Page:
You’ve seen the headlines. We are now seeing the highest levels of unemployment and market crashes since The Great Depression.
One thing that gives me comfort is that, one way or another, society made it out of The Great Depression. No, the world wasn’t the same when it was over and it certainly won’t be for us today after we have COVID-19 under control. But, we still survived. The tunnel was long and bleak, but there was an end to it. At some point, this too shall pass. But for now, we are in this, and we are going to make the best of it.
The more I read about this time period the more inspired I have been by how people tightened their belts and made ends meet. In fact some of these frugal tips from The Great Depression have motivated me to not only get my frugal on but take it to the next level.
I was struck by a recent conversation with an older relative regarding The Great Depression. He said that his father told him that when people were laid off in this time they usually had family land they could return to. So, they would hitchhike, get on a train, walk, or whatever it took to make it back home. There, they’d have at least a floor to sleep on and possibly a patch of abandoned land on the family property to work. They could produce food to eat and sell whatever was left to get a little money in their pocket. Nowadays, agriculture comprises a minute fraction of our economy compared to what it once encompassed. Also, a much higher percentage of people live in urban settings. So very few people by comparison have family land they can return to.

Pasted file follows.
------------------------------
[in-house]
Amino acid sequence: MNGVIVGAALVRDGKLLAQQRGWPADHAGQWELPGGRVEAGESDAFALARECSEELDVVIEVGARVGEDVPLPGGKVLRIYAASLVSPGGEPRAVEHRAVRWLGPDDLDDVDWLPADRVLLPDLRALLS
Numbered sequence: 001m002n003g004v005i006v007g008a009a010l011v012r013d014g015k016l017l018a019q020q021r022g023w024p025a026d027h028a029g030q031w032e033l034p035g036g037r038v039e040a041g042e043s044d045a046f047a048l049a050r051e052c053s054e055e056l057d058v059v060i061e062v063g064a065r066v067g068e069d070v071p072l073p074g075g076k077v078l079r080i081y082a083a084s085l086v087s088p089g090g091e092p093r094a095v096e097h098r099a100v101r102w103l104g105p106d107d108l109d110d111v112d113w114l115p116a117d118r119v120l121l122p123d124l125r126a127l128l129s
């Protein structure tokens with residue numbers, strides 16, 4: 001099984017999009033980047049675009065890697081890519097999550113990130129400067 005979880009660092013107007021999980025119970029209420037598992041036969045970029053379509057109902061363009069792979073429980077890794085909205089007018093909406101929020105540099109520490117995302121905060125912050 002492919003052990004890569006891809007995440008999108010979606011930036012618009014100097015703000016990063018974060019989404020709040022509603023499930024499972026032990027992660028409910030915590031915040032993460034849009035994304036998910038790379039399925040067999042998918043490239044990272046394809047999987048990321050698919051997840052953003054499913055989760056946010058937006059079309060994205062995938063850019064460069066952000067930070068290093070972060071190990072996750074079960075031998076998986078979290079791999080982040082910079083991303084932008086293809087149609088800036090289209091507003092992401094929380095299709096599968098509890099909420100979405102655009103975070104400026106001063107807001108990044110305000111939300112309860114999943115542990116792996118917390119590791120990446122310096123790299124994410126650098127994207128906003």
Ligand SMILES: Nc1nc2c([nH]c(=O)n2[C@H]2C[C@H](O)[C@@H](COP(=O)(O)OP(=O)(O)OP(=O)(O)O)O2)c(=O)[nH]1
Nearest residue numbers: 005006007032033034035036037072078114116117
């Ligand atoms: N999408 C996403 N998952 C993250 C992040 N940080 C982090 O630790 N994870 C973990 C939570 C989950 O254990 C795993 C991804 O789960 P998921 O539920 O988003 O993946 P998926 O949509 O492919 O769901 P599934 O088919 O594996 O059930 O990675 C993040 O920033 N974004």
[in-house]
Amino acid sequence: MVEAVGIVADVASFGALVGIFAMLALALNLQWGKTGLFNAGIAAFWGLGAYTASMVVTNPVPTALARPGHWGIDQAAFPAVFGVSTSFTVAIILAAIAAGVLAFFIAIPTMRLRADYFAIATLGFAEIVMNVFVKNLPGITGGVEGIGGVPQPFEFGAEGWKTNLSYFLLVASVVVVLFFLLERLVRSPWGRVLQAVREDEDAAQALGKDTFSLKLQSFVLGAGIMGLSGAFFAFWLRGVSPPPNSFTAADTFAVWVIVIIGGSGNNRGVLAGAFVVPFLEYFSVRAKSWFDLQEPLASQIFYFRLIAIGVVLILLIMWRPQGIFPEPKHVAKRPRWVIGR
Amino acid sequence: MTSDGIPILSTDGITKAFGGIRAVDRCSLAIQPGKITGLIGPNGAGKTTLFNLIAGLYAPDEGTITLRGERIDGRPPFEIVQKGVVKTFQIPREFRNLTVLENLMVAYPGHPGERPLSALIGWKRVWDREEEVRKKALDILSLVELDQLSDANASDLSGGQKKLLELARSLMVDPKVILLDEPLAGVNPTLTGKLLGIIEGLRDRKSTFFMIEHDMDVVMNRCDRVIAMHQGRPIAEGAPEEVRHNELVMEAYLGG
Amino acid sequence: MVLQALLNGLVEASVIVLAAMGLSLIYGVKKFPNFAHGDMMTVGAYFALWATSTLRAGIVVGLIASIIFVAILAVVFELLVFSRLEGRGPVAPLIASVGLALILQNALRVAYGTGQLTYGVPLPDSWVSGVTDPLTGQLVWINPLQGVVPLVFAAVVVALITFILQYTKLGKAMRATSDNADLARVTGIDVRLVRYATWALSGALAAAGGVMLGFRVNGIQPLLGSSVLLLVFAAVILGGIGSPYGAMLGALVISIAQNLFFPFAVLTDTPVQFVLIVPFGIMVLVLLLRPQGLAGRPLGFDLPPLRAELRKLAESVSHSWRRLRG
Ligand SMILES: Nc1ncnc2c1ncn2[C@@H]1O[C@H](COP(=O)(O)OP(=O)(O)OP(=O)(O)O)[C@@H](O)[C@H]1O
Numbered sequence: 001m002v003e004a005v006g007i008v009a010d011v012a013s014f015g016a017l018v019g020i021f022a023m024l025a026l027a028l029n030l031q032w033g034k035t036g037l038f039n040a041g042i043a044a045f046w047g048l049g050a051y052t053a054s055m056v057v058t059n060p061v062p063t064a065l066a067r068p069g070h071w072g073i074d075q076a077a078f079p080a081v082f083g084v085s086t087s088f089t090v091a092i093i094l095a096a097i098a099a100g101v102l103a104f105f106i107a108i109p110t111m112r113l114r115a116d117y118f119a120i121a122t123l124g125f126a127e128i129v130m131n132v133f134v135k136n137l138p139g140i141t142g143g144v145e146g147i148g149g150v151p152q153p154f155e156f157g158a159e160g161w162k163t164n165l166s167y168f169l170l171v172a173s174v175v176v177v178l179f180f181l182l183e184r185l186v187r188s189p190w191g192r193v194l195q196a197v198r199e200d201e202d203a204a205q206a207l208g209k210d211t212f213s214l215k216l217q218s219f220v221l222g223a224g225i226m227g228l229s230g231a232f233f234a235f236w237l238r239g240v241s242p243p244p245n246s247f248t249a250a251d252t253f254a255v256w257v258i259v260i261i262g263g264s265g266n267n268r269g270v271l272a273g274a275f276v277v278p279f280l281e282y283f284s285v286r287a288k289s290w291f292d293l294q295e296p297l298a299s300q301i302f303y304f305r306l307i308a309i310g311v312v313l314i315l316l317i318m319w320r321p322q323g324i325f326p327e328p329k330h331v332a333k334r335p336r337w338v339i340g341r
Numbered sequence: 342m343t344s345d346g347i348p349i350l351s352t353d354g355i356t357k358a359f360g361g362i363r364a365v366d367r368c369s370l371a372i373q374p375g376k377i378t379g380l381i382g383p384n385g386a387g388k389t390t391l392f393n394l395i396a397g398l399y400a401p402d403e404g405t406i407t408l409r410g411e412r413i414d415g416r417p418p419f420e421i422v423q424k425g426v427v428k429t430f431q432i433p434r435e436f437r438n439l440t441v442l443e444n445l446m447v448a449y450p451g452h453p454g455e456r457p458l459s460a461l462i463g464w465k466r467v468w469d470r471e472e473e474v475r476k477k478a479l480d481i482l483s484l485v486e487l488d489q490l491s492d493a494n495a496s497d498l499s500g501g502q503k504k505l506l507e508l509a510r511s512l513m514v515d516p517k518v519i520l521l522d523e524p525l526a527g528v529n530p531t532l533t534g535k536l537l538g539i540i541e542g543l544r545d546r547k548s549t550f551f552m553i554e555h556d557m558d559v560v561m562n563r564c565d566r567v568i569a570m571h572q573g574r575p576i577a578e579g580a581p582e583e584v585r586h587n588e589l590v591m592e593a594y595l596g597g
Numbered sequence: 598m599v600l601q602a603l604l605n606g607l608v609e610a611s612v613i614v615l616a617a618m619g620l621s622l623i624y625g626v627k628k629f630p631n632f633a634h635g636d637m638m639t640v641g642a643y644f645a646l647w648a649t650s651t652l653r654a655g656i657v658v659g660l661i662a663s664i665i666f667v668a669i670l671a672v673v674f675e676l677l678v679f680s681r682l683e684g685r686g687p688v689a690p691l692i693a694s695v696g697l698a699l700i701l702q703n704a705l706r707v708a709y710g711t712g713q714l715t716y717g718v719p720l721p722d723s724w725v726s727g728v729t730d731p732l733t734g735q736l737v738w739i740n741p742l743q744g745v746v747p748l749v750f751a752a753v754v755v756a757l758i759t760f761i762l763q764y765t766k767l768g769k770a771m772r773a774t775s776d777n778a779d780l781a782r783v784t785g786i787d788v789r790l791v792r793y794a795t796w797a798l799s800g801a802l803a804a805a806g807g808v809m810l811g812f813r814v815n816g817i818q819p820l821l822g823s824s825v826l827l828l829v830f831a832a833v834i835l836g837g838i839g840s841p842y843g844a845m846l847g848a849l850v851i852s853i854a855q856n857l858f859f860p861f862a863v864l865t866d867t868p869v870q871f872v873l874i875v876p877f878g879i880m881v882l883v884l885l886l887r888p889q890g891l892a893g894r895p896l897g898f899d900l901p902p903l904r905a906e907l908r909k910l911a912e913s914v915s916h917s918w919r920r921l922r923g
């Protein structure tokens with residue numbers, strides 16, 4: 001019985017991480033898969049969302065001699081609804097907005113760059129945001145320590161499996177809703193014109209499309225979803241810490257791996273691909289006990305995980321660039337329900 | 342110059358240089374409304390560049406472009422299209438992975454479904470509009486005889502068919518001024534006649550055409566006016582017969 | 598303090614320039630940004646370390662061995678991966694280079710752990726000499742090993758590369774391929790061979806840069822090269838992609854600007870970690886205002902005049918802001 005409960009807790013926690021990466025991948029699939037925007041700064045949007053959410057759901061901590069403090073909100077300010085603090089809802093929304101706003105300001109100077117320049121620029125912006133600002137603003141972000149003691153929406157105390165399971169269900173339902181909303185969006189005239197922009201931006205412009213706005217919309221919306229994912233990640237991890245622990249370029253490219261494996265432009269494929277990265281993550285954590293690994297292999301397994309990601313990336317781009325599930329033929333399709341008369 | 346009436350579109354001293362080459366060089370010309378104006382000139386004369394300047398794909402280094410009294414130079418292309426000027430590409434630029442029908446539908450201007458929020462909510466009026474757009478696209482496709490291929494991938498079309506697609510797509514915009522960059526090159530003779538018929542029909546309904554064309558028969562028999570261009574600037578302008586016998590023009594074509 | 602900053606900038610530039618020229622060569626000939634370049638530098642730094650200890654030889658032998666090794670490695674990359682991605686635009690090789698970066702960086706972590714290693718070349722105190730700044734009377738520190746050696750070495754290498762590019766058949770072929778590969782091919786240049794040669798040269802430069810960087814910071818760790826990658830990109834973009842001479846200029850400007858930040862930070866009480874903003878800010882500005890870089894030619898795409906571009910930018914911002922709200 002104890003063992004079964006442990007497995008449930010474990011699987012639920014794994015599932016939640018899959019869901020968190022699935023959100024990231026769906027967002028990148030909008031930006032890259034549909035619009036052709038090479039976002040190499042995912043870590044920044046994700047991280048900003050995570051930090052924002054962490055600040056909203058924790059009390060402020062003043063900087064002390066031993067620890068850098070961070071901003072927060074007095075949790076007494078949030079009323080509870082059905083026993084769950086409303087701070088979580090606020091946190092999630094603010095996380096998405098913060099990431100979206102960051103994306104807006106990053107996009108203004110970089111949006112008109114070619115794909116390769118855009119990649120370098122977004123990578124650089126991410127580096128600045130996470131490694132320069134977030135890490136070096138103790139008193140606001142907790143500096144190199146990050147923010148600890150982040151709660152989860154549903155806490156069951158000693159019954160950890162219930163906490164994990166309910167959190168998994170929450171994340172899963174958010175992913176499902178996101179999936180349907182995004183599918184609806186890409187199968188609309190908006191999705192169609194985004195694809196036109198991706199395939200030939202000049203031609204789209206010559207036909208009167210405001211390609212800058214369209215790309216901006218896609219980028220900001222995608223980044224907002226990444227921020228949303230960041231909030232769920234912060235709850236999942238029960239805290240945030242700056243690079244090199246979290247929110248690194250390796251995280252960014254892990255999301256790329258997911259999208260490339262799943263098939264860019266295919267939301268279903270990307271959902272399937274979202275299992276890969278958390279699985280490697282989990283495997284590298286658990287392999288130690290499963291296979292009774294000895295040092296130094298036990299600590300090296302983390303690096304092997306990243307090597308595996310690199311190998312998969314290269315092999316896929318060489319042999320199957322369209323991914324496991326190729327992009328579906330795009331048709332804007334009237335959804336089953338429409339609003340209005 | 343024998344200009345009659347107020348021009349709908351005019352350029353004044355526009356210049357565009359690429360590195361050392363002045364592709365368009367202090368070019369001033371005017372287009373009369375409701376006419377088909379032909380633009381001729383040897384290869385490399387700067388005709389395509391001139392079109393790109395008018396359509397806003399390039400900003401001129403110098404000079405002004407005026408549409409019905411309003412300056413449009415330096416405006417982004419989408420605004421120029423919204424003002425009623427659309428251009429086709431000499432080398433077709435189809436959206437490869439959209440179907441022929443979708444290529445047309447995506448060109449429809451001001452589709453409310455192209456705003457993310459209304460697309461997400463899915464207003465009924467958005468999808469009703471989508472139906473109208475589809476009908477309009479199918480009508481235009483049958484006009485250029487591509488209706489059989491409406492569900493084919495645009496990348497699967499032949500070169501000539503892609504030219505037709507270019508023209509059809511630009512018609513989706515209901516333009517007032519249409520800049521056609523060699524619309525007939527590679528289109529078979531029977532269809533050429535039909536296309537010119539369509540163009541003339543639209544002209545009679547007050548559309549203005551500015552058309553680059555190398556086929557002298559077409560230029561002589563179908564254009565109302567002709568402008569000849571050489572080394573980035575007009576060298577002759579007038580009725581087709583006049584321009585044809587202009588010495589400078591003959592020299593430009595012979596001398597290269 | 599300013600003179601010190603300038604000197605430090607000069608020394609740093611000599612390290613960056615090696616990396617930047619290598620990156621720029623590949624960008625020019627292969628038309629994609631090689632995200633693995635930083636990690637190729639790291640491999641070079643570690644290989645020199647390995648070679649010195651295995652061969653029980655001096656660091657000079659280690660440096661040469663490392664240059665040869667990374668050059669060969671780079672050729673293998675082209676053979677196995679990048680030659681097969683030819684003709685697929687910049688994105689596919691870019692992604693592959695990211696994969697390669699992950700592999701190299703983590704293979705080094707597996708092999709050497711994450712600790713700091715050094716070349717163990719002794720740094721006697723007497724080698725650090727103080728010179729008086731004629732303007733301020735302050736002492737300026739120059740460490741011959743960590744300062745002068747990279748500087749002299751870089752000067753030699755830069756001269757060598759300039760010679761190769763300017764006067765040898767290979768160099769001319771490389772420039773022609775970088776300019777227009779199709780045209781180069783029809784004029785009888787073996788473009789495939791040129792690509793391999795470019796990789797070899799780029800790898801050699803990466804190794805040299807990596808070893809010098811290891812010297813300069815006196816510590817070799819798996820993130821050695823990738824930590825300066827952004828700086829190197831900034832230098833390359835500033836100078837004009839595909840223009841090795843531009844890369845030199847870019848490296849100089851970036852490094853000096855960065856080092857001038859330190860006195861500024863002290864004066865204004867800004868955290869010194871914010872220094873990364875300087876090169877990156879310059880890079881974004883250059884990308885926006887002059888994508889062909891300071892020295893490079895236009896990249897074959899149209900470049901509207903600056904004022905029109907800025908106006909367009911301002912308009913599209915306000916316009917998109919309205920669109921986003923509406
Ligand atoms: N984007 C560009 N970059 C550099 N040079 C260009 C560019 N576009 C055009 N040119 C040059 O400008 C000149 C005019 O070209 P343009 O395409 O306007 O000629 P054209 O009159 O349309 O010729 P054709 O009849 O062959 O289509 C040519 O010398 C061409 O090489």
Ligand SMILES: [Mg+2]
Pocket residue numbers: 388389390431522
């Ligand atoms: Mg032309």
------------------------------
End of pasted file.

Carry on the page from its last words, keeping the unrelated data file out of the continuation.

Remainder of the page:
Though this is no longer a way to make a serious buck, it’s still a great way to subsidize your cost of living. It can also provide a healthy hobby while avoiding the grocery store just a little bit more. Growing plants can also provide a lot of mental health benefits and something to look forward to everyday.
Though I live in an urban area, I do have a backyard with a lawn I have slowly been digging up in favor of a garden.
The quarantine has motivated me to double my efforts and expand just a little bit more. I’m estimating that for every $2.50 seed pack I bought, I’ll reap about $100 worth of fresh produce if everything goes right! But, even if you don’t have land to work with, pots of herbs can grow in any sunny window and will both stretch your budget and season your food.
Waste Not, Want Not